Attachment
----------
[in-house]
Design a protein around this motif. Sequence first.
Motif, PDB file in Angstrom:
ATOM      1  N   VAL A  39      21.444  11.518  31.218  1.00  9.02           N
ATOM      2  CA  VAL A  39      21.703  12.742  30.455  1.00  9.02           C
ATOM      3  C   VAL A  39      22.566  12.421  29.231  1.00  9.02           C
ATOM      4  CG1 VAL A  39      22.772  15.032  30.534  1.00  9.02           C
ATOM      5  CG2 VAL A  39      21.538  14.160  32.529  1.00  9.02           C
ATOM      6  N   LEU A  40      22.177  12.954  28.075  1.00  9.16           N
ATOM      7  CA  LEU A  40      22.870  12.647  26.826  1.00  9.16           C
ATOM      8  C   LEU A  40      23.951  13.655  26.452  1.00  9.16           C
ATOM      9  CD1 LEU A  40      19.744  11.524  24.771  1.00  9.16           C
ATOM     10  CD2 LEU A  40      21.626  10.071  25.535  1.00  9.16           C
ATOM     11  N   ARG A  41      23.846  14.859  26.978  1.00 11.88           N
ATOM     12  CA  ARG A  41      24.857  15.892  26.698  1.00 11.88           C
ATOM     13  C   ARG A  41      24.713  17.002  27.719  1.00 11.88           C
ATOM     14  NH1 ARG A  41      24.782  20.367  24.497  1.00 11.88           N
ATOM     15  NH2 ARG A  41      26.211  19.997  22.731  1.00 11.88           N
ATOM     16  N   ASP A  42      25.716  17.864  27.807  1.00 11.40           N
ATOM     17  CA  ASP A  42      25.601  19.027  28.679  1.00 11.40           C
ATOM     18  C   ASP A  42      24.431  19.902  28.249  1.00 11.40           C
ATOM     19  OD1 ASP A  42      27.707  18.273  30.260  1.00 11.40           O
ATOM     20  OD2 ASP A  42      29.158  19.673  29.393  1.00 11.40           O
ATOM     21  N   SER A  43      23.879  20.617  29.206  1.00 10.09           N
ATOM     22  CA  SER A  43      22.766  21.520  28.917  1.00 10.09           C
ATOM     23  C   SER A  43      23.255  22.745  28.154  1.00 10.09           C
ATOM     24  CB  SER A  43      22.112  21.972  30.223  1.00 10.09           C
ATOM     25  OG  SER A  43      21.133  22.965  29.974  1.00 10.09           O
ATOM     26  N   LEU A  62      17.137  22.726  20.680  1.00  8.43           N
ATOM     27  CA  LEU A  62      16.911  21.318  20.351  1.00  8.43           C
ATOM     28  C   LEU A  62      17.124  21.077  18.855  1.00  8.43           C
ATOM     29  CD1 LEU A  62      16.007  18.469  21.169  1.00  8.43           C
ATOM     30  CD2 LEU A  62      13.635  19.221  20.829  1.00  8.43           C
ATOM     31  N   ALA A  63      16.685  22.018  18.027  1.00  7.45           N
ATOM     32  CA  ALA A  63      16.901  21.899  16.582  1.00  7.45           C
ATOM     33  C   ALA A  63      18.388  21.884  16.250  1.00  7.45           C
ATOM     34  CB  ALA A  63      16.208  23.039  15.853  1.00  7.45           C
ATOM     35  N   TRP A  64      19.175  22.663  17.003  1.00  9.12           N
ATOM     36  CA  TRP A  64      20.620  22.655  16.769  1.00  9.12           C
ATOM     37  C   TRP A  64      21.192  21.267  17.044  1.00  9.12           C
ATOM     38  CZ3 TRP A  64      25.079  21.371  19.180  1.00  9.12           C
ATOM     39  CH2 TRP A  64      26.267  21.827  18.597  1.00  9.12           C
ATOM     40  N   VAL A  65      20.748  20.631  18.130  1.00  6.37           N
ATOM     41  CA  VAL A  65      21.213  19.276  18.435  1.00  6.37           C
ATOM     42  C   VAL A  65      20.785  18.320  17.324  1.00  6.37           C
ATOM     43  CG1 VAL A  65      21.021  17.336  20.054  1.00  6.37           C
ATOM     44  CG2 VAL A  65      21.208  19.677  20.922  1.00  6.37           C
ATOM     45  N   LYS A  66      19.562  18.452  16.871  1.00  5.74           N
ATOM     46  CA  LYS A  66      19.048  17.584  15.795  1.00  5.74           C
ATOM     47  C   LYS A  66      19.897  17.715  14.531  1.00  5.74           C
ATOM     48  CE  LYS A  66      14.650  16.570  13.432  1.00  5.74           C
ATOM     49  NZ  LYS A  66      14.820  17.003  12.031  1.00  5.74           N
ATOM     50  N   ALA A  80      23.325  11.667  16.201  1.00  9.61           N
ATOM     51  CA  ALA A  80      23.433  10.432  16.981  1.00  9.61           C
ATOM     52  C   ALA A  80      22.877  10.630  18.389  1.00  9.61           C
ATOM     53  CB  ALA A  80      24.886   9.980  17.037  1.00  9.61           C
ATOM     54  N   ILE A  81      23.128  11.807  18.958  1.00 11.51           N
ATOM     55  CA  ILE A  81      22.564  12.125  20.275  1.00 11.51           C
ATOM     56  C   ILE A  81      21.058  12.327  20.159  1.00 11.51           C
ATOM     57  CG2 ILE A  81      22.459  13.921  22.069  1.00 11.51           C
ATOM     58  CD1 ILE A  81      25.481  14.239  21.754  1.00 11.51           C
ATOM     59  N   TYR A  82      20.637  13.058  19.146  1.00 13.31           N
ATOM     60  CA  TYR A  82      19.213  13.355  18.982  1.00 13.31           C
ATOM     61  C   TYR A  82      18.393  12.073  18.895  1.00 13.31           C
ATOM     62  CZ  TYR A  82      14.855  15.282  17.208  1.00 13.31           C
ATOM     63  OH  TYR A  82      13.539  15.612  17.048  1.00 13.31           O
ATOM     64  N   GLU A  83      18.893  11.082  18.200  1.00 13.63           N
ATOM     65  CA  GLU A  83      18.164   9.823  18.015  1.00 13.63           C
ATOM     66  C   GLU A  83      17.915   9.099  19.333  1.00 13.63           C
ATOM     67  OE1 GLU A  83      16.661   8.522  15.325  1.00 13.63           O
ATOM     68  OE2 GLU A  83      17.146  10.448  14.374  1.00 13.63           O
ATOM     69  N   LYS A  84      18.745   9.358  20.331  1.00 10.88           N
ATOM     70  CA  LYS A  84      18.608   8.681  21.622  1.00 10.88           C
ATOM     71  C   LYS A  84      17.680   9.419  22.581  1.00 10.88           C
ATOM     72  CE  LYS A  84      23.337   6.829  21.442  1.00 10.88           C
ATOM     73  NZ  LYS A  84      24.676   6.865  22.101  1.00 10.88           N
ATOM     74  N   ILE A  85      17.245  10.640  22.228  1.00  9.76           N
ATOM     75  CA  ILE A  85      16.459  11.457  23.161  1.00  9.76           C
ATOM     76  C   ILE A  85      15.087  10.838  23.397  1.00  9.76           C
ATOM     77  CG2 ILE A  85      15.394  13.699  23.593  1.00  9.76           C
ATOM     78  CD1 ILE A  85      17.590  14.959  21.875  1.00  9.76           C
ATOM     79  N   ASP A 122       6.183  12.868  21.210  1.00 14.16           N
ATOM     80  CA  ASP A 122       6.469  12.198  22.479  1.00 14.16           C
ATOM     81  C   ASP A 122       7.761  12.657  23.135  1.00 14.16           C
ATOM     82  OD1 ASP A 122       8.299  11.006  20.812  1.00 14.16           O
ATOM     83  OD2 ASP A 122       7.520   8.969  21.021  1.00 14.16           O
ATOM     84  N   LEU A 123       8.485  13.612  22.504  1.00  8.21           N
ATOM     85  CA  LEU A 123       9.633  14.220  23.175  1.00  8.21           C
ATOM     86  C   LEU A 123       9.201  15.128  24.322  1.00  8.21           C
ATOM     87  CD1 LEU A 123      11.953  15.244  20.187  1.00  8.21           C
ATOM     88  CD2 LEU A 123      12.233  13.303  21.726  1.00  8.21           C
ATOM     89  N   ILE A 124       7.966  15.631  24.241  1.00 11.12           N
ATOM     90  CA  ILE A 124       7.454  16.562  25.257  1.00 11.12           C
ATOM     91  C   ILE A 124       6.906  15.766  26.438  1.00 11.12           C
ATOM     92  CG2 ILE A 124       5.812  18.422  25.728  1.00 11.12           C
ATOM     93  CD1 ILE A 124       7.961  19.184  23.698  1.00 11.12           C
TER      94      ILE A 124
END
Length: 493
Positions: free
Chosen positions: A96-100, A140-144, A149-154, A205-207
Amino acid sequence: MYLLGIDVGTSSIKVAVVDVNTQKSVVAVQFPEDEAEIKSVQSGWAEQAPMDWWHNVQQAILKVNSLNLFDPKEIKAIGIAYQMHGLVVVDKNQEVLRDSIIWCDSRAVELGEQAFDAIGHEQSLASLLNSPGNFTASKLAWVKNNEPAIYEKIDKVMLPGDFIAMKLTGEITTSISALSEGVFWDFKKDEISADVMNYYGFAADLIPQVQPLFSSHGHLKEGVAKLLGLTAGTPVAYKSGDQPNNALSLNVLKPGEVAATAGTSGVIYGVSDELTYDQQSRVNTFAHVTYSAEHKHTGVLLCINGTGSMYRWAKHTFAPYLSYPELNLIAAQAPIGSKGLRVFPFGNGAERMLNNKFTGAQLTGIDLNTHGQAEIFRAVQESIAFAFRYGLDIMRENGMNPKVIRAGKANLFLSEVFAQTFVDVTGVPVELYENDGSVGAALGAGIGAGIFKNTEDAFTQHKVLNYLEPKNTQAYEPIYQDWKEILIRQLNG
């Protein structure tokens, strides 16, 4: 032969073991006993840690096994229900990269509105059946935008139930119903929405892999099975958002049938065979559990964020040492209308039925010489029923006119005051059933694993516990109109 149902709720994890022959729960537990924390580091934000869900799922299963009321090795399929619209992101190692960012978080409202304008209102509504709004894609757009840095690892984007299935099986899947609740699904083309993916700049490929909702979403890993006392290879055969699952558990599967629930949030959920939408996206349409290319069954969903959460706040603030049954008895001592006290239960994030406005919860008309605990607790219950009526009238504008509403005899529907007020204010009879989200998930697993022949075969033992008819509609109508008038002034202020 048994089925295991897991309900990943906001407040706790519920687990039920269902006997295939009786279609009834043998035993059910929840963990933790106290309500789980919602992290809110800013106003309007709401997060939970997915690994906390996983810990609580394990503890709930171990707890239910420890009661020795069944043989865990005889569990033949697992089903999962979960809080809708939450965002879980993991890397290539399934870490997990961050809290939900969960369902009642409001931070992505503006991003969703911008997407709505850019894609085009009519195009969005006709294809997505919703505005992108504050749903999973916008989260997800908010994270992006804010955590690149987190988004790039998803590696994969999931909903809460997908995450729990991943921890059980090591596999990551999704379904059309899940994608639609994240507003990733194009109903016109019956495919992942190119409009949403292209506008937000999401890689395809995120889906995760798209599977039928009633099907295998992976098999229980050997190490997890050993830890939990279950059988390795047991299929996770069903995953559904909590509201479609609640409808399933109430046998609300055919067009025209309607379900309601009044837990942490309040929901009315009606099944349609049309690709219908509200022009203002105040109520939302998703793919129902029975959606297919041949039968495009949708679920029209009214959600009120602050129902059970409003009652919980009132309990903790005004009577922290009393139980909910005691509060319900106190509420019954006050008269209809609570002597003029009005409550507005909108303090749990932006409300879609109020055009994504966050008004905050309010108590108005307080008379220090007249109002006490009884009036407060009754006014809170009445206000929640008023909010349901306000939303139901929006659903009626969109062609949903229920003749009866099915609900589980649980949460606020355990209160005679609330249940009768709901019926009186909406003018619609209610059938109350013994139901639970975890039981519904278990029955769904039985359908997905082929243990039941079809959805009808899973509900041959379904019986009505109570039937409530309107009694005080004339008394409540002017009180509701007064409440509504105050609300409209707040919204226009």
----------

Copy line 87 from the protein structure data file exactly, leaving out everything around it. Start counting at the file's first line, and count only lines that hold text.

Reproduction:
ATOM     84  N   LEU A 123       8.485  13.612  22.504  1.00  8.21           N